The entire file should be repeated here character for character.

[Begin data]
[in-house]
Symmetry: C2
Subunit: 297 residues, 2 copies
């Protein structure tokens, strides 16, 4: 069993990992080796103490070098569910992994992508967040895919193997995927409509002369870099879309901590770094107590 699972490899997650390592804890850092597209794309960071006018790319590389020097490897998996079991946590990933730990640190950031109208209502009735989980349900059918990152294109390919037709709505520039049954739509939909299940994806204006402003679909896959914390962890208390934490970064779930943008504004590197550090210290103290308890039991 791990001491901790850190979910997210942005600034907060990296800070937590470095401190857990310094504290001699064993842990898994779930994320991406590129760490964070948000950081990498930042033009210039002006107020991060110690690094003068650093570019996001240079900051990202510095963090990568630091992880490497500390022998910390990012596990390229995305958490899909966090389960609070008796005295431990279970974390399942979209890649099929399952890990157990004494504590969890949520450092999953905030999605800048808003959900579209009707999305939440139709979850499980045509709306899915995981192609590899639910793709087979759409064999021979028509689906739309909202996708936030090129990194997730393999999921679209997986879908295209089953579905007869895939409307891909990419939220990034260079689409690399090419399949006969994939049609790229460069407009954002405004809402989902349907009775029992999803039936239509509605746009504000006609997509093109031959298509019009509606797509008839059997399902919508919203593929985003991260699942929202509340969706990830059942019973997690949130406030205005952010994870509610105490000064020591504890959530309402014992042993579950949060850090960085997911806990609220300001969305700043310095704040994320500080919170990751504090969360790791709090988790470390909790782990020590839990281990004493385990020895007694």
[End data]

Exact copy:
[in-house]
Symmetry: C2
Subunit: 297 residues, 2 copies
């Protein structure tokens, strides 16, 4: 069993990992080796103490070098569910992994992508967040895919193997995927409509002369870099879309901590770094107590 699972490899997650390592804890850092597209794309960071006018790319590389020097490897998996079991946590990933730990640190950031109208209502009735989980349900059918990152294109390919037709709505520039049954739509939909299940994806204006402003679909896959914390962890208390934490970064779930943008504004590197550090210290103290308890039991 791990001491901790850190979910997210942005600034907060990296800070937590470095401190857990310094504290001699064993842990898994779930994320991406590129760490964070948000950081990498930042033009210039002006107020991060110690690094003068650093570019996001240079900051990202510095963090990568630091992880490497500390022998910390990012596990390229995305958490899909966090389960609070008796005295431990279970974390399942979209890649099929399952890990157990004494504590969890949520450092999953905030999605800048808003959900579209009707999305939440139709979850499980045509709306899915995981192609590899639910793709087979759409064999021979028509689906739309909202996708936030090129990194997730393999999921679209997986879908295209089953579905007869895939409307891909990419939220990034260079689409690399090419399949006969994939049609790229460069407009954002405004809402989902349907009775029992999803039936239509509605746009504000006609997509093109031959298509019009509606797509008839059997399902919508919203593929985003991260699942929202509340969706990830059942019973997690949130406030205005952010994870509610105490000064020591504890959530309402014992042993579950949060850090960085997911806990609220300001969305700043310095704040994320500080919170990751504090969360790791709090988790470390909790782990020590839990281990004493385990020895007694």